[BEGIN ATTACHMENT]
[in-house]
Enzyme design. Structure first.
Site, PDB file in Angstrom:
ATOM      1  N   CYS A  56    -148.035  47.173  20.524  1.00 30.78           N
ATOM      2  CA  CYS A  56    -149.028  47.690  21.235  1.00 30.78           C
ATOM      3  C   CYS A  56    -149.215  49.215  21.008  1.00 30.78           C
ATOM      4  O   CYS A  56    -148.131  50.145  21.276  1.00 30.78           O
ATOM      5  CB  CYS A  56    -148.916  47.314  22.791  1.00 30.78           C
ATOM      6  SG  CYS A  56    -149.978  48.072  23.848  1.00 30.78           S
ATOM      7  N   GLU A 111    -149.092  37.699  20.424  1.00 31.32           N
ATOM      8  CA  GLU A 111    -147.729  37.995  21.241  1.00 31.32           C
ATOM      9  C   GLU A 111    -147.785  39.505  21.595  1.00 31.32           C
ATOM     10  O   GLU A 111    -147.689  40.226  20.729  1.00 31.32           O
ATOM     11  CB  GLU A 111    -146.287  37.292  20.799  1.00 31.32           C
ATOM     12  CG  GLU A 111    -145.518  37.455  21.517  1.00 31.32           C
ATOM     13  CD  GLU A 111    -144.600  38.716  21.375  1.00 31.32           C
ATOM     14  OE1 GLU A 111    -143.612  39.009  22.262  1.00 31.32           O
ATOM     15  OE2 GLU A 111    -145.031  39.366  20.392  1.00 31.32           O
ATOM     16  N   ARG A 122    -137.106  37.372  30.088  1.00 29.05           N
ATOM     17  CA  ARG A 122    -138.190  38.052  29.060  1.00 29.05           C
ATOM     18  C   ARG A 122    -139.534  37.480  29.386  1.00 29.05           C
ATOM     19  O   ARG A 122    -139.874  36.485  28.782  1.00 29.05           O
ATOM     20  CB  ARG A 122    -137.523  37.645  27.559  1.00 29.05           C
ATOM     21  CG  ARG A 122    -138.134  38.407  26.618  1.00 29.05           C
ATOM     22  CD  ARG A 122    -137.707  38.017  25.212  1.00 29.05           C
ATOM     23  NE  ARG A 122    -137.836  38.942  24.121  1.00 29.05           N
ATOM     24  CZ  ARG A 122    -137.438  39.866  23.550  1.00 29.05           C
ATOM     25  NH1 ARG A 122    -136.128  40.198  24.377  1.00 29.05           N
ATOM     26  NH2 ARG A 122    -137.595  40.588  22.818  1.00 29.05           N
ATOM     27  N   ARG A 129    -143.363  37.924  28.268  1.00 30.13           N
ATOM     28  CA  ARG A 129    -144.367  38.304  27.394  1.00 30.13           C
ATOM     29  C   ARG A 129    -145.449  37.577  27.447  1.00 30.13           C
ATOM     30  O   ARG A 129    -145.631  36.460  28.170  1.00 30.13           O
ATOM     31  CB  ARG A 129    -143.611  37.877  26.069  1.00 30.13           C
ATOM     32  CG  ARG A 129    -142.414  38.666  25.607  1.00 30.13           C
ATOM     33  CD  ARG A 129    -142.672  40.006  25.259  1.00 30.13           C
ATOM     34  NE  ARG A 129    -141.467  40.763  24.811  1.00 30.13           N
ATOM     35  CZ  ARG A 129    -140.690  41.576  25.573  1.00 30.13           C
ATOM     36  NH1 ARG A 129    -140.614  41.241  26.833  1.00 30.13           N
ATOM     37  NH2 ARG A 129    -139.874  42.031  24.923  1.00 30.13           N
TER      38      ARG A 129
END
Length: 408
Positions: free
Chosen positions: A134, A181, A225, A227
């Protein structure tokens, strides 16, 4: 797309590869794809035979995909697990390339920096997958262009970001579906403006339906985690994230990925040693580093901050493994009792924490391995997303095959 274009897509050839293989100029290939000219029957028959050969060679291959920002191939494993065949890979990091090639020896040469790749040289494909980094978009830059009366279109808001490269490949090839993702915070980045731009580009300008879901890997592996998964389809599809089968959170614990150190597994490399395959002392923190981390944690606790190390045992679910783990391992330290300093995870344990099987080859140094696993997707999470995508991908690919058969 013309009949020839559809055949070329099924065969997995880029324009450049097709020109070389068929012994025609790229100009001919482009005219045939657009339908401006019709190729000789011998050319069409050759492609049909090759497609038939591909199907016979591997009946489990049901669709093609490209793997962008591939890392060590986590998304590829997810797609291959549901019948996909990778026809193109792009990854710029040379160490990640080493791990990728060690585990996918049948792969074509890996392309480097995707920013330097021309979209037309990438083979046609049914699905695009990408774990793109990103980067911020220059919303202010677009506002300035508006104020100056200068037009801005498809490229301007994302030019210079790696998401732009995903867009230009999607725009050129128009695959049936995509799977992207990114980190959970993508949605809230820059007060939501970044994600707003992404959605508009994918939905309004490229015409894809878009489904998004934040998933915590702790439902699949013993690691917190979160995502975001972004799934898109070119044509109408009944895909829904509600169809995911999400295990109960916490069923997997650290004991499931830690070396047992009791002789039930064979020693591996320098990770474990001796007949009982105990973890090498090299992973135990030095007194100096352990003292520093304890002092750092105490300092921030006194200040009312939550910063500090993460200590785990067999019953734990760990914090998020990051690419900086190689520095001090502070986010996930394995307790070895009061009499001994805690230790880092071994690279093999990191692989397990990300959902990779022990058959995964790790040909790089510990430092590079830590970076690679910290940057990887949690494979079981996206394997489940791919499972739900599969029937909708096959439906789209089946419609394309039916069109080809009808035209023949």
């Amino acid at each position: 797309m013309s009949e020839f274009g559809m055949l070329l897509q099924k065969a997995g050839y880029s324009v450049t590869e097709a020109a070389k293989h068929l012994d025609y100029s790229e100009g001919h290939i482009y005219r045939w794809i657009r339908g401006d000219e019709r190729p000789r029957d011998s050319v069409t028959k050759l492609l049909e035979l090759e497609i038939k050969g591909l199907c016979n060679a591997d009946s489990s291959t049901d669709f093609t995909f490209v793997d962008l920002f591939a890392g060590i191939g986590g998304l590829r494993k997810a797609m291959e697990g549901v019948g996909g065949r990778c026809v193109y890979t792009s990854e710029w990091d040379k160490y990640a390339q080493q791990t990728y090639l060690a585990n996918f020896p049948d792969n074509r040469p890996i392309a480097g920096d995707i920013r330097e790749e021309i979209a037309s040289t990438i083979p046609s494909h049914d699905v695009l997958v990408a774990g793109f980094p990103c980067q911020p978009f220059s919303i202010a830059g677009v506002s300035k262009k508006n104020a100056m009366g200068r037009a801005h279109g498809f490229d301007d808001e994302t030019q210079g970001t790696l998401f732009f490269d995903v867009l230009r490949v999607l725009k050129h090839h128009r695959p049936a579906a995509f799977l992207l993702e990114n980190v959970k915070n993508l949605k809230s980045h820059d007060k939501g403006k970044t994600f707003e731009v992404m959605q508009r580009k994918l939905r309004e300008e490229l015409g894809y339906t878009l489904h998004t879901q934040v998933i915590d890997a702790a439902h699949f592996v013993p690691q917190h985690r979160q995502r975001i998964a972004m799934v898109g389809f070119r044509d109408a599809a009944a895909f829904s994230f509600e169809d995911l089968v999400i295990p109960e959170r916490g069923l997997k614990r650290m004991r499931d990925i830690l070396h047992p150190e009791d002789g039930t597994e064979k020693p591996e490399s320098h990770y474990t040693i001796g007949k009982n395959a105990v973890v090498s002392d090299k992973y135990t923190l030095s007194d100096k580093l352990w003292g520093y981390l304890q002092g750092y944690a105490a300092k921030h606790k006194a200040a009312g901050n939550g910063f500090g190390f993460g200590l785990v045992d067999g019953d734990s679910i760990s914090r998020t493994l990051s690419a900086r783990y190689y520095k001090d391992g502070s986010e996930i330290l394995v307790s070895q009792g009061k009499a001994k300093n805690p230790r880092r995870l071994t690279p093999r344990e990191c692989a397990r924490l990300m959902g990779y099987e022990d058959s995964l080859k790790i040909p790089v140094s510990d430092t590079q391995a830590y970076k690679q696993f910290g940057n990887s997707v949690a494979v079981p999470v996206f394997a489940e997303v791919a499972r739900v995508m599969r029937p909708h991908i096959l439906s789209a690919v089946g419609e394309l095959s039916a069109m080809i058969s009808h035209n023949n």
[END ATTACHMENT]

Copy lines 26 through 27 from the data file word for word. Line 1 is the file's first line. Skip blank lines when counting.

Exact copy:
ATOM     23  NE  ARG A 122    -137.836  38.942  24.121  1.00 29.05           N
ATOM     24  CZ  ARG A 122    -137.438  39.866  23.550  1.00 29.05           C